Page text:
By the same learned chain of reasoning my father stood up for all his opinions; he had spared no pains in picking them up, and the more they lay out of the common way, the better still was his title.—No mortal claimed them; they had cost him moreover as much labour in cooking and digesting as in the case above, so that they might well and truly be said to be of his own goods and chattels.—Accordingly he held fast by 'em, both by teeth and claws—would fly to whatever he could lay his hands on—and, in a word, would intrench and fortify them round with as many circumvallations and breast-works, as my uncle Toby would a citadel.

There was one plaguy rub in the way of this—the scarcity of materials to make any thing of a defence with, in case of a smart attack; inasmuch as few men of great genius had exercised their parts in writing books upon the subject of great noses: by the trotting of my lean horse, the thing is incredible! and I am quite lost in my understanding, when I am considering what a treasure of precious time and talents together has been wasted upon worse subjects—and how many millions of books in all languages and in all possible types and bindings, have been fabricated upon points not half so much tending to the unity and peace-making of the world. What was to be had, however, he set the greater store by; and though my father would oft-times sport with my uncle Toby's library—which, by-the-bye, was ridiculous enough—yet at the very same time he did it, he collected every book and treatise which had been systematically wrote upon noses, with as much care as my honest uncle Toby had done those upon military architecture.—'Tis true, a much less table would have held them—but that was not thy transgression, my dear uncle.—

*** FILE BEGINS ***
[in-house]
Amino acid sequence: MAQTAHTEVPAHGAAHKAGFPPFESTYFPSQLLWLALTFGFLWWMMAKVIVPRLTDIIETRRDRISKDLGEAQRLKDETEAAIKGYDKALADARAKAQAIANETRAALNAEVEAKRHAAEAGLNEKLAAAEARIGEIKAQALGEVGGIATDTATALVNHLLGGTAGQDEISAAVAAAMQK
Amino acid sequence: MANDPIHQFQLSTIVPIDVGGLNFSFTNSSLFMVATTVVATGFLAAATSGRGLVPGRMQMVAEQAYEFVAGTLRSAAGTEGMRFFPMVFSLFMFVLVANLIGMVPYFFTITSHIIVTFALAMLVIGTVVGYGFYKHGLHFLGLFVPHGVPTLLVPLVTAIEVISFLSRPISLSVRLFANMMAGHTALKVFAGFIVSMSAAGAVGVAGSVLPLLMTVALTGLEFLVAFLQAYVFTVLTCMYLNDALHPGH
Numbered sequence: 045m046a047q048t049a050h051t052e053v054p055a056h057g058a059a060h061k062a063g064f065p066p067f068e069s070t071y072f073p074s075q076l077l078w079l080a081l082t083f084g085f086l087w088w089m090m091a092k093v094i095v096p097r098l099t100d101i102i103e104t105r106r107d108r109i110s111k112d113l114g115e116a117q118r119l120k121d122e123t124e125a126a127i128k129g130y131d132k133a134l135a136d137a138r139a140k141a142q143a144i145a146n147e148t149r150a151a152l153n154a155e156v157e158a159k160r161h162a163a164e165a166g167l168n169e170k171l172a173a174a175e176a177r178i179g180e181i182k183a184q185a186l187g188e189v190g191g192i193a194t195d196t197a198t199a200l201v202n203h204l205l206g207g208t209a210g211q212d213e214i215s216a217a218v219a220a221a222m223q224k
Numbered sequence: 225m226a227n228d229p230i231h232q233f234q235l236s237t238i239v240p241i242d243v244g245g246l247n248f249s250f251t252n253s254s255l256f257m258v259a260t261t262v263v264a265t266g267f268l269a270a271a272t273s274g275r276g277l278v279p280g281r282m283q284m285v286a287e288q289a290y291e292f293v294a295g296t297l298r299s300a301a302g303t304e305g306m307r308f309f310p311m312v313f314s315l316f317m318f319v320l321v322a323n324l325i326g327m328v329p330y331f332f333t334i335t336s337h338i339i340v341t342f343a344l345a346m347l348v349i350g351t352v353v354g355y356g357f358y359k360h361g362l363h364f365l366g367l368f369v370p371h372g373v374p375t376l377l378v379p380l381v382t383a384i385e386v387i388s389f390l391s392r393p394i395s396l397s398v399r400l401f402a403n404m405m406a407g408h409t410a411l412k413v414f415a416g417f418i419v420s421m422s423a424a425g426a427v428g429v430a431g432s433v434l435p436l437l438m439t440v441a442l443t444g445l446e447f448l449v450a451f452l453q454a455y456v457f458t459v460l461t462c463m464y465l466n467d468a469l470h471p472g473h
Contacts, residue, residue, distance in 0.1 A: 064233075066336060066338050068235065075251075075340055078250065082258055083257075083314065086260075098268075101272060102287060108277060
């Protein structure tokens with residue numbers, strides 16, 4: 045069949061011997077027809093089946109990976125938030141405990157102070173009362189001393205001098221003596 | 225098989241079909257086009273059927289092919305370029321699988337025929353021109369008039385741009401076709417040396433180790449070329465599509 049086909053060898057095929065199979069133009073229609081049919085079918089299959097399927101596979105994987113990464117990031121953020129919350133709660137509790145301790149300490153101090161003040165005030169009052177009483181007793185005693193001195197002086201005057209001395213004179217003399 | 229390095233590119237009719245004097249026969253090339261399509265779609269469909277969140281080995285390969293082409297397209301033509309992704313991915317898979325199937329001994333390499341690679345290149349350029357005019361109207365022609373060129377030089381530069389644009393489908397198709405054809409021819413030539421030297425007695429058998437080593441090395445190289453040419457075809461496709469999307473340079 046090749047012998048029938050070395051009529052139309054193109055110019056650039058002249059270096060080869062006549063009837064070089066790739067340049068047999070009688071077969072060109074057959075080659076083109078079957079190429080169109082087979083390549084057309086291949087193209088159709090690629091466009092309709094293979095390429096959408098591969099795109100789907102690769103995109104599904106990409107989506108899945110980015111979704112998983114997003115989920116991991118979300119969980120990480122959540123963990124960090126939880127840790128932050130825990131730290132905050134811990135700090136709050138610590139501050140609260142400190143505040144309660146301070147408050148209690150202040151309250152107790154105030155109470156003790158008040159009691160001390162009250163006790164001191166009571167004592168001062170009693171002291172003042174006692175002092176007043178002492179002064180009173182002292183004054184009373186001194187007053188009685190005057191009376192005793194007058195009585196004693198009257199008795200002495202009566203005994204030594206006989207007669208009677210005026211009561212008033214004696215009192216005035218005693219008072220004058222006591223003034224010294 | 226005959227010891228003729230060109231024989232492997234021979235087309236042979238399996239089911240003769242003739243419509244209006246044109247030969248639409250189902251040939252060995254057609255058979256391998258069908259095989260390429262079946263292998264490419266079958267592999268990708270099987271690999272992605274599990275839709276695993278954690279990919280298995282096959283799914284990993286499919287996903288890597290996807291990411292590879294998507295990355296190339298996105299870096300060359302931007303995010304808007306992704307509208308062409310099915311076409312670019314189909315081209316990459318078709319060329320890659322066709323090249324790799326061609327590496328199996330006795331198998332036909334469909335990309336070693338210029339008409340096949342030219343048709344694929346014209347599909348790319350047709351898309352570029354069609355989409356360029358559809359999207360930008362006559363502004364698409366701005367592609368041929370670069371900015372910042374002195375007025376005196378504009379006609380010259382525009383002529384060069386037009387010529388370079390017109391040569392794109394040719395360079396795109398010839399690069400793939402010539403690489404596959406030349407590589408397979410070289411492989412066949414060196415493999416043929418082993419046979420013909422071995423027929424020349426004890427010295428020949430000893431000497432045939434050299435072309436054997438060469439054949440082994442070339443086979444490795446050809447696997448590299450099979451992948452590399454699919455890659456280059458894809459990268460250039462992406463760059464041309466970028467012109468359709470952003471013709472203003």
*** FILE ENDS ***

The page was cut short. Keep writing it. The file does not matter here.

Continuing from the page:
Here—but why here—rather than in any other part of my story—I am not able to tell:—but here it is—my heart stops me to pay to thee, my dear uncle Toby, once for all, the tribute I owe thy goodness.—Here let me thrust my chair aside, and kneel down upon the ground, whilst I am pouring forth the warmest sentiment of love for thee, and veneration for the excellency of thy character, that ever virtue and nature kindled in a nephew's bosom.—Peace and comfort rest for evermore upon thy head!—Thou enviedst no man's comforts—insultedst no man's opinions—Thou blackenedst no man's character—devouredst no man's bread: gently, with faithful Trim behind thee, didst thou amble round the little circle of thy pleasures, jostling no creature in thy way:—for each one's sorrows, thou hadst a tear,—for each man's need, thou hadst a shilling.